Last Saturday, the Service Employees International Union (SEIU) Local 500 held its Third Annual Forum on Part Time Faculty Unions, expressing the needs and concerns of contingent academic labor in the higher education teaching profession. Keynote speaker Debra Leigh Scott shared her story of working as a lifetime adjunct professor, without any job security, employment benefits, or even a living wage with which to support her family. She and others who went to school for PhDs to gain the credentials for a teaching career in academia were shocked and dismayed at their inability to secure tenure-track positions, despite having trained their whole adult lives for this type of career.
While the tuition rate for students in the United States increased by 50% between 2000 and 2005 and has been skyrocketing ever since, the percentage of adjunct professors in institutions of higher education has been rising steadily, saving colleges and universities the cost of paying more tenured and tenure-track faculty. Now 89% of all faculty in the United States are adjuncts, with little to no benefits or job security. While some adjunct professors are working part-time or by choice, many are piecing together full-time work loads (often teaching eight courses a semester) at different institutions which may be geographically dispersed, at less than half the pay of a full-time tenured professor teaching just one course at a university.
The SEIU forum seeks to raise awareness and fight the inequities imposed on adjunct professors by organizing and informing both adjuncts and tenured professors alike. The Full-Time Faculty for Unions (FTFU) was in attendance, showing support for the movement toward collective bargaining rights for adjunct faculty. In particular, this group seeks to gain the support of tenured faculty for the equal rights and treatment of their part-time colleagues. The issue of fair treatment and inclusion of adjuncts was a big theme at the forum, and struck a chord with AWIS’ mission. But while women have long had the legal protections necessary to squash overt discrimination in favor of more subtle discrimination, adjuncts seem to still be facing the type of treatment women experienced in the 1960’s and 70’s. One speaker likened the existence of an adjunct professor in an institution of higher education to that of the untouchable caste in India. She cited a conversation had between one of her students and his academic advisor, who promptly assured him that unlike her class, his other lecture class would be taught by a “real professor”. Another organization in attendance, the New Faculty Majority (NFM), gave out tee-shirts with a scarlet letter “A” for Adjunct on the front.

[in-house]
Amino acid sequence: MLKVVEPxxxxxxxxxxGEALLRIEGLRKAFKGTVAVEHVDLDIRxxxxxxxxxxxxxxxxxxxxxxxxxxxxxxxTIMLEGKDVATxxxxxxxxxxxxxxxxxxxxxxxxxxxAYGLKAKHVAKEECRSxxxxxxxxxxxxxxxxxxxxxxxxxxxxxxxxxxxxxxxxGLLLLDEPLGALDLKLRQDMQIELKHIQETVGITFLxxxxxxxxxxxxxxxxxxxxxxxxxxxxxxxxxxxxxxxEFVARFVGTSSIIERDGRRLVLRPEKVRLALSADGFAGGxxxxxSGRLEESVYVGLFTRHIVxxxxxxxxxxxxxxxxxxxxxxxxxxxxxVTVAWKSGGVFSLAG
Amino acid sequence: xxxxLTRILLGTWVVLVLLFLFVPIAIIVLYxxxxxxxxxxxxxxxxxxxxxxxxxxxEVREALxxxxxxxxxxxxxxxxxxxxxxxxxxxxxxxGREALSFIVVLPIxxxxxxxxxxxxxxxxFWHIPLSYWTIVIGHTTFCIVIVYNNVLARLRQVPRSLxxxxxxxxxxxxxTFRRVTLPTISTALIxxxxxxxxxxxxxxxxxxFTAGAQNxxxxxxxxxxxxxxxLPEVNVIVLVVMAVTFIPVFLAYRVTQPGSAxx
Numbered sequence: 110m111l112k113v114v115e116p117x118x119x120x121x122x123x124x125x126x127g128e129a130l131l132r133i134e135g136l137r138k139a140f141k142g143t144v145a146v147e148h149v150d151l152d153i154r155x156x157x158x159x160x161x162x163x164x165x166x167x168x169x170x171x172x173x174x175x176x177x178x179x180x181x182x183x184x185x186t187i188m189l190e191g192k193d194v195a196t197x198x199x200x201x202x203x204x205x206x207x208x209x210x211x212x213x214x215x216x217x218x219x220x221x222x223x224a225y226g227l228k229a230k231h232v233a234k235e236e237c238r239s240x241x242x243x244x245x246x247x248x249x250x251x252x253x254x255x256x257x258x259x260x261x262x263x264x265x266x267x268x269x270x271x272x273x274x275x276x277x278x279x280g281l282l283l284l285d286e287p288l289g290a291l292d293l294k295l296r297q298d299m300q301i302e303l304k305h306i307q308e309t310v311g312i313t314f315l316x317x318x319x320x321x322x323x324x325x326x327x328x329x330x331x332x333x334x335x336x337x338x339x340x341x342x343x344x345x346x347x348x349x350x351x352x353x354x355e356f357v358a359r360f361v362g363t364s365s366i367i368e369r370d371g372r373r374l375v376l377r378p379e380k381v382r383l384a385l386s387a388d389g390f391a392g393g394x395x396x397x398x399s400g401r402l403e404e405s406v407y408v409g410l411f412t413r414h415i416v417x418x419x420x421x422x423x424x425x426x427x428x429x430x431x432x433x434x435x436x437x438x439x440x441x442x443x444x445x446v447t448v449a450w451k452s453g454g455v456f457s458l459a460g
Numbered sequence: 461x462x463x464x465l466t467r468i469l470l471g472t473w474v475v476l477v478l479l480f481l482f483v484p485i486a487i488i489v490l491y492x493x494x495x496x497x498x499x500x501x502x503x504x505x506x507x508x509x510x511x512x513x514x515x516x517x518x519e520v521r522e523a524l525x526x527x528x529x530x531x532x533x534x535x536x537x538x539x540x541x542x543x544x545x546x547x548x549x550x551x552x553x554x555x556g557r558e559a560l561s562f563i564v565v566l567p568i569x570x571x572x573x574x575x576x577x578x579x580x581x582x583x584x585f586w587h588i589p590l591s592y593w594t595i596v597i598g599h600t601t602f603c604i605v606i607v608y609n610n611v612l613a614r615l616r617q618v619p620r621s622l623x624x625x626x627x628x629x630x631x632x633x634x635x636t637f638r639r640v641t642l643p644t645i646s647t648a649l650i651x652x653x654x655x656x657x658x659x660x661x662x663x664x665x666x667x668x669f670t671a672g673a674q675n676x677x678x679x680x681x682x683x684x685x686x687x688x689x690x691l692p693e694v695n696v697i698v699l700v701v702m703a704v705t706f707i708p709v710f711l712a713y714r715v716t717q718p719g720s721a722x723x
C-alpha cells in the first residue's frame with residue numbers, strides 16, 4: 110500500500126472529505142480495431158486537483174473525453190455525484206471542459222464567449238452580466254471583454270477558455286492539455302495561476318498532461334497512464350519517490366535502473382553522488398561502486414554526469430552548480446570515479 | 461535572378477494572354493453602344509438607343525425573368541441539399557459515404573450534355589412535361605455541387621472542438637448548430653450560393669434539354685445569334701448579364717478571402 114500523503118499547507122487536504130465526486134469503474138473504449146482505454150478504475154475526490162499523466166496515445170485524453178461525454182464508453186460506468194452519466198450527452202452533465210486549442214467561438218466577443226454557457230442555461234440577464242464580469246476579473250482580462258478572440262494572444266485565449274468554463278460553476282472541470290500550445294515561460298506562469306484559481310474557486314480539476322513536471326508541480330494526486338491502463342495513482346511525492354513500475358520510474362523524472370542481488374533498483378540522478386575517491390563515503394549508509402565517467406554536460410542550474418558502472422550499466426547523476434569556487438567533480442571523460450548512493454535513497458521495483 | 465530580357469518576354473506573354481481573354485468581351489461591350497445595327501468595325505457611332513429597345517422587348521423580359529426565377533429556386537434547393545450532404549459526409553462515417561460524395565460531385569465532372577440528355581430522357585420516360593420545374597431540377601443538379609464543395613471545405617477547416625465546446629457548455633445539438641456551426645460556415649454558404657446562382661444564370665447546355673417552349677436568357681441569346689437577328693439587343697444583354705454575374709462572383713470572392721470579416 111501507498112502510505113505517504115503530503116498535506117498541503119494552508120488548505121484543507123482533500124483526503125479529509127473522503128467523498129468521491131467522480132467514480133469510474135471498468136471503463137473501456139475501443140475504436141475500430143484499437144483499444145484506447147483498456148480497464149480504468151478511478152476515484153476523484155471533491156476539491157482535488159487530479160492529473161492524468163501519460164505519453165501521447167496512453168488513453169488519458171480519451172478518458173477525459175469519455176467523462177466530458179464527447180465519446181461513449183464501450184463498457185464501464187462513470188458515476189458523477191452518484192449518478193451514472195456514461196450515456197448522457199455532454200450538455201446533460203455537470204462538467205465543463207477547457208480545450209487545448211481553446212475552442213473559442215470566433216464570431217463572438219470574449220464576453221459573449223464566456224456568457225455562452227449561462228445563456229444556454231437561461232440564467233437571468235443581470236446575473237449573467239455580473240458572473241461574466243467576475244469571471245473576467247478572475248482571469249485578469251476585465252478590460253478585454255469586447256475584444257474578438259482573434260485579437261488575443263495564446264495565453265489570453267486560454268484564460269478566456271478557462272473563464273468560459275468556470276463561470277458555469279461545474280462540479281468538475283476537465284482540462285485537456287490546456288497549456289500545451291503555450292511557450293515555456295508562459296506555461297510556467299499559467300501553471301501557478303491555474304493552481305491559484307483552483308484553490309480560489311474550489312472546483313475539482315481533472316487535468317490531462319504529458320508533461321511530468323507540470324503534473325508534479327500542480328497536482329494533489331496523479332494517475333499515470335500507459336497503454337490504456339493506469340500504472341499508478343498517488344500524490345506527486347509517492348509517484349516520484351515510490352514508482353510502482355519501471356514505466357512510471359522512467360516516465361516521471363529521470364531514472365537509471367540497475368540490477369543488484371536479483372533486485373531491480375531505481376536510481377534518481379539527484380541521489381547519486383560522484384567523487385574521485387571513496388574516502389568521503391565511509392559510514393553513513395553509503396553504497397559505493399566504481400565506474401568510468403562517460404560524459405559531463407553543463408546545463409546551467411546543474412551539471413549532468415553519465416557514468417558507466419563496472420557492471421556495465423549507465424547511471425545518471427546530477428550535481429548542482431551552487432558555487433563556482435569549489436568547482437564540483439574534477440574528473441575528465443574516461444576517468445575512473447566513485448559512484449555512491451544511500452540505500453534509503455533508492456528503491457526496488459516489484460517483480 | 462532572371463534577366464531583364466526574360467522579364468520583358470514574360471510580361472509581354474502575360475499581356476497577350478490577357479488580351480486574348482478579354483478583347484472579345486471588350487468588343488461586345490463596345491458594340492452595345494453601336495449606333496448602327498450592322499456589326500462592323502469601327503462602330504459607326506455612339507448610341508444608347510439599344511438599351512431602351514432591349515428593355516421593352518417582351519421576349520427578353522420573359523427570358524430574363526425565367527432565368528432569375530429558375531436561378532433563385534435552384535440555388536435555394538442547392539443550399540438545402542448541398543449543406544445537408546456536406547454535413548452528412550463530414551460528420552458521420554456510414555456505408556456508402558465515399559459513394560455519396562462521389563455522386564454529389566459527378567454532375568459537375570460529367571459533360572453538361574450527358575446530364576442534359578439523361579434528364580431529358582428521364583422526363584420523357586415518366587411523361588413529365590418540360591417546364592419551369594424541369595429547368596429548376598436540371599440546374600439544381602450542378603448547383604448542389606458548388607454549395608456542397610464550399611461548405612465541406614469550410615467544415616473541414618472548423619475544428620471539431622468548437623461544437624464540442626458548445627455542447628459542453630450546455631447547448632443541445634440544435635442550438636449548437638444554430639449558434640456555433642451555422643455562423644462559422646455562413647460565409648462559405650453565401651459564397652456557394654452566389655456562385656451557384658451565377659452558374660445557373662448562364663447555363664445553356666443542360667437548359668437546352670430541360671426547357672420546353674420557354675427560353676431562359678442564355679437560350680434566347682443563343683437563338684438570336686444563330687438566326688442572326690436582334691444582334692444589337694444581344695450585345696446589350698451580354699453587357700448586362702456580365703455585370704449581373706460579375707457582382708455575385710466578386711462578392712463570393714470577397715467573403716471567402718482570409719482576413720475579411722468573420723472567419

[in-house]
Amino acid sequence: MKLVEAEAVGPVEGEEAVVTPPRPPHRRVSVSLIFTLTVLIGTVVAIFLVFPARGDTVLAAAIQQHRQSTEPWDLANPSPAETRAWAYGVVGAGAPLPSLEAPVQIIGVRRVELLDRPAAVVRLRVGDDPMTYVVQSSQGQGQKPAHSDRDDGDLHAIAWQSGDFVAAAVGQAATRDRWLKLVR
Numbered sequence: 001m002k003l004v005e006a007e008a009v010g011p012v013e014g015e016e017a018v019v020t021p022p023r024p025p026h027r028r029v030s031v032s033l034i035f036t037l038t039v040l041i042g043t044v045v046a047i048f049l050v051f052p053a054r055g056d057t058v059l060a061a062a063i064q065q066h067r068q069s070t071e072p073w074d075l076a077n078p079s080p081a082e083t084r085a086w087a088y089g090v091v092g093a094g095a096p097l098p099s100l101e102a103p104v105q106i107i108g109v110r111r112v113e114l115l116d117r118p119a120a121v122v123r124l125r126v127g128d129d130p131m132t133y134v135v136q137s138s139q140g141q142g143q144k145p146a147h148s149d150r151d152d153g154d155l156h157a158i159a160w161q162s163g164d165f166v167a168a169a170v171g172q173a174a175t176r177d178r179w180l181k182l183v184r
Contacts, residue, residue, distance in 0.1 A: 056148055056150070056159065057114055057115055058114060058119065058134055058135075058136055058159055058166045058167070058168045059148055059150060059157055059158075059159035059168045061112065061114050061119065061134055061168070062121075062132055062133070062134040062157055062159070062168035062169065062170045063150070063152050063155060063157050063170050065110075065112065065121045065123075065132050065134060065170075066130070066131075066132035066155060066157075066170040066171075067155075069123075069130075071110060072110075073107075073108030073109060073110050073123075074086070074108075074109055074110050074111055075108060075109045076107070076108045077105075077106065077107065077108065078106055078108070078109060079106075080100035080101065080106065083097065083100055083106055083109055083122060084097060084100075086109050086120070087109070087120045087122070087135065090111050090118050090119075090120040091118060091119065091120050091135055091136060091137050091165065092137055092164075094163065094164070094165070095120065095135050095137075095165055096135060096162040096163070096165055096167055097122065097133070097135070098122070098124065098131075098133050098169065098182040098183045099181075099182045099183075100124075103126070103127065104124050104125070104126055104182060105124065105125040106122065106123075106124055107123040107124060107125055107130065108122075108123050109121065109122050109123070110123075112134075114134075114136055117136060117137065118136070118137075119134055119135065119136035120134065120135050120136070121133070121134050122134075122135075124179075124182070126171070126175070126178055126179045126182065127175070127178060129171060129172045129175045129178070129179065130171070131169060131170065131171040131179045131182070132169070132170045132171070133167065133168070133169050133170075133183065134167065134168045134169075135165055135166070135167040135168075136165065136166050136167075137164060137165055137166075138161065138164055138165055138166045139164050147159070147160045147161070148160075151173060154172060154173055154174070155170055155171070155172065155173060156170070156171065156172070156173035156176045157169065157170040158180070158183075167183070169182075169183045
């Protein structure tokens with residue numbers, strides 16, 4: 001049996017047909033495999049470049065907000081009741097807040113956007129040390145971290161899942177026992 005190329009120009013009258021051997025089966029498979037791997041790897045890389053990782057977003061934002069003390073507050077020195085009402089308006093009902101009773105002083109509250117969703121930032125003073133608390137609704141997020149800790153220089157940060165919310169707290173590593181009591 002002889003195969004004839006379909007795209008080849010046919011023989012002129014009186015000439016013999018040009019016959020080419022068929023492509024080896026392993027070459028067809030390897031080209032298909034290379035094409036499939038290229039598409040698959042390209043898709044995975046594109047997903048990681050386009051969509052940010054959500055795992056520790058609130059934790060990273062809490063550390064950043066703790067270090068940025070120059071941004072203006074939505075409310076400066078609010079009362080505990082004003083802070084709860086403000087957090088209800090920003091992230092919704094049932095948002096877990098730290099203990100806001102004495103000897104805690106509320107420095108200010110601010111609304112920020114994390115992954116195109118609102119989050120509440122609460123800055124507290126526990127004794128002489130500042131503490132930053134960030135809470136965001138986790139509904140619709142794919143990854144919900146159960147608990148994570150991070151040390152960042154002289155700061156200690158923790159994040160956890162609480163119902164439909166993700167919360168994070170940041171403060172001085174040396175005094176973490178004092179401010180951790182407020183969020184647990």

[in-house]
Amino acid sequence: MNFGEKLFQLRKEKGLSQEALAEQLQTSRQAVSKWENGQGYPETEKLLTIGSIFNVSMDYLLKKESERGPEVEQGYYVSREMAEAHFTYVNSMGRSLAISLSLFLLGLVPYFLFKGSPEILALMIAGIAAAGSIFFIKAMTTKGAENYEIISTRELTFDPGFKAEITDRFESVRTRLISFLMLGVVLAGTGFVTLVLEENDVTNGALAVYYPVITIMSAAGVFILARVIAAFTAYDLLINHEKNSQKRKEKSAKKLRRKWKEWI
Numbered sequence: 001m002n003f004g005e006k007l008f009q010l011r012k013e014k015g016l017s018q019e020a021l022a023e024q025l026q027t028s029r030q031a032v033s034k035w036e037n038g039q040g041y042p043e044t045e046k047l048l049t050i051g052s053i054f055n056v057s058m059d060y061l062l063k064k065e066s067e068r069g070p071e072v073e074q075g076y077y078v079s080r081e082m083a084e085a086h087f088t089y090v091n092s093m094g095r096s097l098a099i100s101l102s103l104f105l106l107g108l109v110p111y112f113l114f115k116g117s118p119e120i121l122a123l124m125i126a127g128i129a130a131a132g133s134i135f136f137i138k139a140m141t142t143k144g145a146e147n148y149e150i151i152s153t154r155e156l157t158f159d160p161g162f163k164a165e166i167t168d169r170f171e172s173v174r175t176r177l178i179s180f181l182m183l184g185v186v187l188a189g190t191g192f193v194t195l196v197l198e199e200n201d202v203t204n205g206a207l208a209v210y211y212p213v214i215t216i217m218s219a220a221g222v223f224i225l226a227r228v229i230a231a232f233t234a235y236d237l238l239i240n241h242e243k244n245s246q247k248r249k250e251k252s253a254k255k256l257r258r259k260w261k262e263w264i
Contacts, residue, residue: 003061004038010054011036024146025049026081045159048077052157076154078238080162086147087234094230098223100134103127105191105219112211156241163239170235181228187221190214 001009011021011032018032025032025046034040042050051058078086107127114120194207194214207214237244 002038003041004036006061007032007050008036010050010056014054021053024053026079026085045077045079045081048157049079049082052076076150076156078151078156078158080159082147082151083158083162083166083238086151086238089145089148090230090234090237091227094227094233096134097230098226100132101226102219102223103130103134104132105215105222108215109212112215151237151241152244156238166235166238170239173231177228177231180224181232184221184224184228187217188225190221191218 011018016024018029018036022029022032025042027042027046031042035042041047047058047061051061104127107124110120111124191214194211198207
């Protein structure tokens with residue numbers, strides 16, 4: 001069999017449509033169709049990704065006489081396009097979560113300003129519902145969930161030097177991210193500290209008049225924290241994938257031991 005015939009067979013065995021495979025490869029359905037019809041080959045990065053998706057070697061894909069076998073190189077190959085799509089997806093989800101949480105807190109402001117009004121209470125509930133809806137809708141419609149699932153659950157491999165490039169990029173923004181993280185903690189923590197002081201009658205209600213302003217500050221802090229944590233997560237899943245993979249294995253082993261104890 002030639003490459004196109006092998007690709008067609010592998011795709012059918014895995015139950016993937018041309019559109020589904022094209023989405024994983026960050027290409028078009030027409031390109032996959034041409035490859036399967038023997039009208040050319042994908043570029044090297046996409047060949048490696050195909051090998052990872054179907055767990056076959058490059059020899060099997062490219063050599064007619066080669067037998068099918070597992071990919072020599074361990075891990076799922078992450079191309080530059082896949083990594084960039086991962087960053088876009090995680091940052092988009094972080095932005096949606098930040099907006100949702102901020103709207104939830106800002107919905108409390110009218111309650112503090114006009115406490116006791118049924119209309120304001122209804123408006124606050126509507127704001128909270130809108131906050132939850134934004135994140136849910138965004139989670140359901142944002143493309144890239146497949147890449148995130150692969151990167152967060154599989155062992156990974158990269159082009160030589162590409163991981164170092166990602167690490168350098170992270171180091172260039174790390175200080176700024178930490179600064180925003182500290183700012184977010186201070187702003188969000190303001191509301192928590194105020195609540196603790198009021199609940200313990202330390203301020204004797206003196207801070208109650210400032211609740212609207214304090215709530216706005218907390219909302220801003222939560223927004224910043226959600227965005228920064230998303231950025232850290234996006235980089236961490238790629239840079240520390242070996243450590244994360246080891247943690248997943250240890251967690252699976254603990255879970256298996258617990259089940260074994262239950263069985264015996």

In many ways, the equality that adjuncts seek is not so different from the demands of the women’s movement. They want equal pay for equal work, inclusion and fair treatment in the workplace, and equal opportunities for advancement in their academic careers. Indeed, there is even some overlap of women scientists and engineers and adjuncts. In 2001, AWIS reported over 50% of women with doctorates in science and engineering were in non-tenure track positions. Among men with science and engineering, however, the numbers are just as bad; 55% of men with doctorates in science and engineering were non-tenure track. These numbers have likely gone up in subsequent years.
The relevance of all this to the Association for Women in Science (AWIS) is our shared goal of institutional transformation. When student tuitions and administrative salaries are at an all-time high, the number of non-tenure track professors is growing and their economic situation is worsening with the economic decline of the United States. One participant asked the question: When educators cannot even afford to send their own children to college, what does it say about the state of education in our country?